Engineered Structures, Inc., a general contractor, entered into subcontracts with Amanti Electric, Inc., to perform electrical work. In November 2008, Amanti sued Engineered for $630,127, the amount allegedly owed on the contracts. In December, Engineered mailed Amanti a check for $409,055. Amanti did not deposit the check, and the litigation continued. In February 2010, Engineered stopped payment on the check, unbeknownst to Amanti. About a month later, the parties entered into a settlement agreement under which Engineered agreed to pay Amanti $130,000 “as full and final payment of any and all claims asserted or which could have been asserted” in the lawsuit. The lawsuit was dismissed pursuant to the parties’ stipulation on March 22, 2010. In September 2010, Amanti attempted to deposit the December 2008 check, but the bank refused to honor it because Engineered had stopped payment. Amanti attempted to resolve the issue with Engineered, but Engineered asserted that any claim Amanti had regarding the check was barred by the settlement agreement and dismissal of the lawsuit with prejudice.
Amanti filed a motion for relief from judgment under Rule 60(c), arguing that it was entitled to relief based on fraud, misrepresentation, and mistake because Engineered had failed to disclose the stop-payment order on the check during settlement negotiations. Amanti claimed it was entitled to relief under Rule 60(c)(1) (mistake), 60(c)(3) (fraud), and 60(c)(6) (any other reason justifying relief). The trial court concluded that Amanti was time-barred from seeking relief under Rule 60(c)(1) and 60(c)(3), which require a party to seek relief within six months of a judgment or order. The court also concluded that because Amanti’s claims for relief under Rule 60(c)(1) and 60(c)(3) were colorable and because relief under Rule 60(c)(6) is mutually exclusive of the other clauses of Rule 60(c), Amanti was not entitled to relief under that provision. Although the court noted that the result was “unjust” because “equitably . . . [Amanti] should have had the $400,000,” the court denied the motion.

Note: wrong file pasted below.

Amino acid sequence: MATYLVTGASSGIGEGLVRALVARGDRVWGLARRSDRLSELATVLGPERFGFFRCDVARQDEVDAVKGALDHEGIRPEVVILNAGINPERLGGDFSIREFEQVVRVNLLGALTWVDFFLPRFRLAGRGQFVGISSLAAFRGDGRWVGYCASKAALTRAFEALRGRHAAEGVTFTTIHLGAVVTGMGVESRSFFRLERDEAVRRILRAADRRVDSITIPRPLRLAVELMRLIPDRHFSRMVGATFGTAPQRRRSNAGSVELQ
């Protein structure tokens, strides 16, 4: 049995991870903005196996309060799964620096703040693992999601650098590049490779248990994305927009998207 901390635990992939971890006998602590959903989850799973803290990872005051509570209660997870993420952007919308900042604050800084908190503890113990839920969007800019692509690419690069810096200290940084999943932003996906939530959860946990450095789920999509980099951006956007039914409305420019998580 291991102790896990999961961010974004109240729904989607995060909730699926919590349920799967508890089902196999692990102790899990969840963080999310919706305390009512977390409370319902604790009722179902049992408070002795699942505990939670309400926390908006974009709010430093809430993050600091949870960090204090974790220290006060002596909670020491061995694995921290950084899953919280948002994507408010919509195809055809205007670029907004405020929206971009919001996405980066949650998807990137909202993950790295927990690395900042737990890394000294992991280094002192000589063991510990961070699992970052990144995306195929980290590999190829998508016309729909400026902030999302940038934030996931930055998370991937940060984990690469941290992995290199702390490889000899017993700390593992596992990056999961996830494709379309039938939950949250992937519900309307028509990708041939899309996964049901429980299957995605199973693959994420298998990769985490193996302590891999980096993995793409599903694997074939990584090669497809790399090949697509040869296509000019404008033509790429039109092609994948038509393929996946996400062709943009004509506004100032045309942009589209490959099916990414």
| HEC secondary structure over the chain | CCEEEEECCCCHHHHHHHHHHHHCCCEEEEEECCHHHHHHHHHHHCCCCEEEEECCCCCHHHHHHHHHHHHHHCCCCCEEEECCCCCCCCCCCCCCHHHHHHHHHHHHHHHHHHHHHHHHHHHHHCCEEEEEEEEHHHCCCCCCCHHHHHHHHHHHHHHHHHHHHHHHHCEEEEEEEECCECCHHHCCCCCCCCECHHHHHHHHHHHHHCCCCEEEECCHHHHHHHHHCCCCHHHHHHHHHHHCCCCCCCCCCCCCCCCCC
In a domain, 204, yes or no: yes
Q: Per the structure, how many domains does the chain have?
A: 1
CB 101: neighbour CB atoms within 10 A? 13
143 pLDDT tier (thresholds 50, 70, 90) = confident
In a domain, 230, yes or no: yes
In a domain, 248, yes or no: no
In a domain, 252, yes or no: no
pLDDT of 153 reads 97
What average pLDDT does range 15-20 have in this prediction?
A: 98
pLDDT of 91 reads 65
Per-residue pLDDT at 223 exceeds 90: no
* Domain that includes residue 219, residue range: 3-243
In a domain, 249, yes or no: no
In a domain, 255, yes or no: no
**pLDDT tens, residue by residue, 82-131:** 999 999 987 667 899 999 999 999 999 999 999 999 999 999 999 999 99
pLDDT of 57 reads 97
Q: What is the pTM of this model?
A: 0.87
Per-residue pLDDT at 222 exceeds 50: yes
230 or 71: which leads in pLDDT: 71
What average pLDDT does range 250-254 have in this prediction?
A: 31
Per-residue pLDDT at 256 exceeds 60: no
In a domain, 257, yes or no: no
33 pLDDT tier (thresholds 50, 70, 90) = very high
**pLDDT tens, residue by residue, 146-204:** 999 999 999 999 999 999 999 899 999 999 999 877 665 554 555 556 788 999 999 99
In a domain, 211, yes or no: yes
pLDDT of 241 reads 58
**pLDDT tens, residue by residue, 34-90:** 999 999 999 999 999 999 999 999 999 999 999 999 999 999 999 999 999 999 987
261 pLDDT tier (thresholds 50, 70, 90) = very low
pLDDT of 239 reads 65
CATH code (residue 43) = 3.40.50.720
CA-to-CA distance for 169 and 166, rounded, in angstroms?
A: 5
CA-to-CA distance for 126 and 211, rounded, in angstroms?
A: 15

The Court of Appeals reversed. It first noted that even though the “grounds for relief in clause (6) and the other grounds for relief allowed under Rule 60(c) are usually mutually exclusive,” relief under Rule 60(c)(6) may still be appropriate in “cases of extreme hardship or injustice.” Relying on its previous opinion in Roll v. Janca, 22 Ariz. App. 335, 527 P.2d 294 (1974), the Court said that courts must consider the totality of the circumstances when determining whether relief under Rule 60(c)(6) is warranted. In this case, the trial judge believed he could not consider Amanti’s equitable arguments because of the general rule of mutual exclusivity applicable to Rule 60(c)(6). The Court of Appeals “acknowledge[d] the general validity of that principle, but clarif[ied] that even when relief might have been available under one of the first five clauses but for the fact that the time limits of the rule had elapsed, this does not necessarily preclude relief under clause (6) if the motion also raises exceptional additional circumstances that convince the court the movant should be granted relief in the interest of justice.” The Court remanded the case to the trial court for further proceedings, noting that the circumstances in this case “may justify relieving Amanti from the judgment.”
Judge Espinosa authored the opinion; Judges Vasquez and Kelly concurred.
Posted by: Kathy O'Meara